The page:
In the past, my “Best Of” posts have included the most read pieces for a given year. But this year, I’m pulling rank and picking 20 of my personal favorites. While 2018 was another amazing year for The Urban Phoenix, and while I am grateful to everyone who has enjoyed our content, most of our top hitters this year were posts that showcased the beauty and interest of our Upstate New York cities through pictures and conversation. And why not? We have so much to celebrate! These posts are an important part of what I try to do, as I’ve always promoted “getting excited” about our cities and the positives that abound within them. The more energized we are about our towns, the more engaged we will be going forward.
But while posts like these get a lions share of the fanfare, The Urban Phoenix is, first and foremost, about the components that affect the urban experience across our great country. Conversations about smart development, urban priorities, bike culture, the perception of our cities today, and intelligent transit are at the core of what a sustainable urban revitalization is really about. Bars, restaurants, retail and entertainment play a big role in our cities now, but the stories listed below address important topics that will keep this strong urban trend moving forward for years to come. That’s why the very first story here is one we all need to be reminded of.
Finally, thank you for yet another amazing year. I can’t wait to see where we go together in 2019!
Bars, entertainment and nightlife play an important role in our city’s rebirth, but when they become the primary focus, we all lose.
When our leaders make statements about how massive development projects will invigorate the local economy, consider this… it usually doesn’t happen.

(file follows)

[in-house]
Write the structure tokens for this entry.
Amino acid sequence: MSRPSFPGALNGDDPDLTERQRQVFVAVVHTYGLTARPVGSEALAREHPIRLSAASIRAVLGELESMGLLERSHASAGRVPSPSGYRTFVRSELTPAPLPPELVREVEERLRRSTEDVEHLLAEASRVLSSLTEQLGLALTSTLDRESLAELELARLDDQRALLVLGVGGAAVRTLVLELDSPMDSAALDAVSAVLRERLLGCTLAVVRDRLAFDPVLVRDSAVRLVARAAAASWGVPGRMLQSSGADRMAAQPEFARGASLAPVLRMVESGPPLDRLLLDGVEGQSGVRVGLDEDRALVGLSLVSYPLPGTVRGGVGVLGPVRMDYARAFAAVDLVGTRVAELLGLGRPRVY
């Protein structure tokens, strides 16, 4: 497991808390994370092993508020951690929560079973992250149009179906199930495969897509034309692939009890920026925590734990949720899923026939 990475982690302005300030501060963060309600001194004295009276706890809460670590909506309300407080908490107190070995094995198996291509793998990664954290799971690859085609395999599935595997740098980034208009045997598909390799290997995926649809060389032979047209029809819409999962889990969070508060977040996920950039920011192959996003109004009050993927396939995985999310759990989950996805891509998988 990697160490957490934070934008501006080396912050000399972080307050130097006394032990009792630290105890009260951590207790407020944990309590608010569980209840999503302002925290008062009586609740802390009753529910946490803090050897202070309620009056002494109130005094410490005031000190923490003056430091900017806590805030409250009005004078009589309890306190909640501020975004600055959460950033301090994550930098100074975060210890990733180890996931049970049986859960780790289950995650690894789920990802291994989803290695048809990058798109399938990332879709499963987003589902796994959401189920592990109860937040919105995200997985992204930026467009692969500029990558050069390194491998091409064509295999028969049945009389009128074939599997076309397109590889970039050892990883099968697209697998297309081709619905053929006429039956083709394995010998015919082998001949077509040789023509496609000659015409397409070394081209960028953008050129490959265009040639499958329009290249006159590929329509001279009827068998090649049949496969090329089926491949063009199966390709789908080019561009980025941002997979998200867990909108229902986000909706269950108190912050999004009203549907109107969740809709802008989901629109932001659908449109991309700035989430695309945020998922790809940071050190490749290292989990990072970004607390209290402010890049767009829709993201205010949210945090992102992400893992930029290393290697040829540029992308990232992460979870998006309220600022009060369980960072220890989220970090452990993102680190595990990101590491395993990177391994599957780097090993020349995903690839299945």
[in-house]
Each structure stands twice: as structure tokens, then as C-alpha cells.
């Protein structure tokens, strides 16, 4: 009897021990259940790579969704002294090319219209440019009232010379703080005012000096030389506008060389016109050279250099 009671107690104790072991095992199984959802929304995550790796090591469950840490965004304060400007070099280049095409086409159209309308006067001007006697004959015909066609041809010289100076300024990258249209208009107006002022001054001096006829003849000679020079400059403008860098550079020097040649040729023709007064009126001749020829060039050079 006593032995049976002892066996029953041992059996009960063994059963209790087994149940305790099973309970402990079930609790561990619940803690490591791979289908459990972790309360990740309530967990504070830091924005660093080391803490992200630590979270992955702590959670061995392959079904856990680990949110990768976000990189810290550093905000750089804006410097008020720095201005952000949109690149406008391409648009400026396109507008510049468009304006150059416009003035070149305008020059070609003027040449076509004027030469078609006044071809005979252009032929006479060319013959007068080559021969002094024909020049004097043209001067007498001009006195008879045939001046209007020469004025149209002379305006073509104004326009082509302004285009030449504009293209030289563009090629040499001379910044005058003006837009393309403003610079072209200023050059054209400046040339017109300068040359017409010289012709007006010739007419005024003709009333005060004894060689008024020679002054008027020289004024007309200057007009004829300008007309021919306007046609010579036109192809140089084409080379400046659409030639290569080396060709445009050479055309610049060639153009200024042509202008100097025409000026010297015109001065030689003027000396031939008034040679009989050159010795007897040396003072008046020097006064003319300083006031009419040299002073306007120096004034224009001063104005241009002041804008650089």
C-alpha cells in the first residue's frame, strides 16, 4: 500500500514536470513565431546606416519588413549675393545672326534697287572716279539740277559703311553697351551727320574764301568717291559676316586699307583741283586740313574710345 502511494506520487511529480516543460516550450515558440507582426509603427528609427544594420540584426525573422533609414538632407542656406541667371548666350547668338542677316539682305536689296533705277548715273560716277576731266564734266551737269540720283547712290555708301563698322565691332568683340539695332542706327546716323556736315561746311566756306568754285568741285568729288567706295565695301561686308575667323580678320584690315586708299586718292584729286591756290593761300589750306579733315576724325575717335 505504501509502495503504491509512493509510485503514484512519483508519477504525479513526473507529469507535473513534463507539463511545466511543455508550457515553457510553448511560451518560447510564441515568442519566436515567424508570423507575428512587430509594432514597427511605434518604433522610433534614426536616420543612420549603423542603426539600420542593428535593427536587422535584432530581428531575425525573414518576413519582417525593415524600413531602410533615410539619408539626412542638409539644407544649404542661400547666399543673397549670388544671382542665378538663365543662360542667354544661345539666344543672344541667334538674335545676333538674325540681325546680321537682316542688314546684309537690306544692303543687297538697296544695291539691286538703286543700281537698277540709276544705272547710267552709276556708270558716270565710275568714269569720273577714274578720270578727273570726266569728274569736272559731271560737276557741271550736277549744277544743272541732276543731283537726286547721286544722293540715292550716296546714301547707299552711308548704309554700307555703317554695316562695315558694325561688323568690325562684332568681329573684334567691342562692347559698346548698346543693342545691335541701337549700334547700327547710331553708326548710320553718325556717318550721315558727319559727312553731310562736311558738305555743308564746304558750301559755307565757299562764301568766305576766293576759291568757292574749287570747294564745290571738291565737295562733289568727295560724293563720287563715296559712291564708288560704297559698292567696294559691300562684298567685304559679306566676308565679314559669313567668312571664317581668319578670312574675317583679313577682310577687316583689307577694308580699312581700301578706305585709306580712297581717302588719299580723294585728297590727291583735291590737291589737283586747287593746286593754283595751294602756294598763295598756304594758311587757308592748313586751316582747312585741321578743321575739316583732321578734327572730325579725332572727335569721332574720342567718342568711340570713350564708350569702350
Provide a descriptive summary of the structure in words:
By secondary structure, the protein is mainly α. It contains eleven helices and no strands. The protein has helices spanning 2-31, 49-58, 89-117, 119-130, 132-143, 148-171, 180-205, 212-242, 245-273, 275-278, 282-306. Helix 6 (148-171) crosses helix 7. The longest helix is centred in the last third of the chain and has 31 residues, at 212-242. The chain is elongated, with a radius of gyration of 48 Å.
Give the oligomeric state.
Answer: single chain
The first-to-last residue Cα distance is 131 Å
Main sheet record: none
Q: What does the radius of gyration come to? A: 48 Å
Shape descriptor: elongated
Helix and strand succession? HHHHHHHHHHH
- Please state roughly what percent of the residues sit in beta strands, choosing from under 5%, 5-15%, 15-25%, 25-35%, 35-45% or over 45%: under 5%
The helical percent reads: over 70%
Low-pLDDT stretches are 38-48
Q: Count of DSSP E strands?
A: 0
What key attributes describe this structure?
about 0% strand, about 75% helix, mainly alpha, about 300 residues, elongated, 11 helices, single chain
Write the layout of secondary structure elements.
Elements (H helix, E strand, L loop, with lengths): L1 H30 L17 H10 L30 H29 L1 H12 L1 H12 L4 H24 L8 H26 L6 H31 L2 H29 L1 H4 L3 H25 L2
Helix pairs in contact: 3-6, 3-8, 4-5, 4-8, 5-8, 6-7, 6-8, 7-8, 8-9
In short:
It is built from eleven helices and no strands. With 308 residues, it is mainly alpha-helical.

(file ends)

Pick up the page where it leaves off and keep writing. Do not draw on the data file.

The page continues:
When we build our cities to be livable environments instead of shiny tourists hubs, we are building toward long term sustainability.
We are passionate about issues affecting our city… should we build here, or there? Should we bulldoze to develop? But at what point do our efforts turn from public a strong public voice to a militant agenda? At what point do we redirect our efforts to lower hanging fruit for the good of the city?
An old Simpsons episode warns of shiny, glitzy transit made to create a “wow” factor. Apparently, not enough people paid attention, because we are making many of the same mistakes.
Cars have roads, and pedestrians have sidewalks. Cyclists are caught in between, shamed out of every space the occupy. Not fast enough to be a car, not slow enough to be on a sidewalk, those on two wheels are feeling the frustration.
Bike lanes are all the rage in many of our cities across the country… but the real test comes AFTER we lay the pain on the ground.
We use the term growth to describe progress in our cities, but not all growth is good. How do we think critically about growth without becoming a NIMBY?
Coffee houses, breweries… people love smaller scale locations where they can spend 5 minutes or 2 hours. Interestingly enough, these types of establishments are often the elements that turn a dormant neighborhood around.
No explanation needed.
To build great cities, we must increase density and minimize automobile impact… but for our cities to succeed, we must be able to accommodate the needs of suburban residents who wish to occasionally experience city life… which means providing parking and automobile access.
Our American economy and way of life is becoming less “rooted” and more fluid. Cities can cater to this trend better than anything.
Stats and numbers are important… but if we want to address the real misconceptions of our cities, we have to address why negative urban perceptions persist.
Building mixed use developments on 6-lane roads won’t create urbanism… we have to make fundamental changes to the whole environment.
Again, this speaks for itself.
I asked people if they would drive 30mph to end breast cancer. The results might surprise you.
When we build highways pretending to be streets through our residential neighborhoods, we do ourselves a world of disservice.
I didn’t have access for a car for 20 months. Here’s what I learned, and it might surprise you.
I truly believe biking makes you more aware.
Public transit has experienced a serious decline in recent years… ride hailing appears to be at the forefront.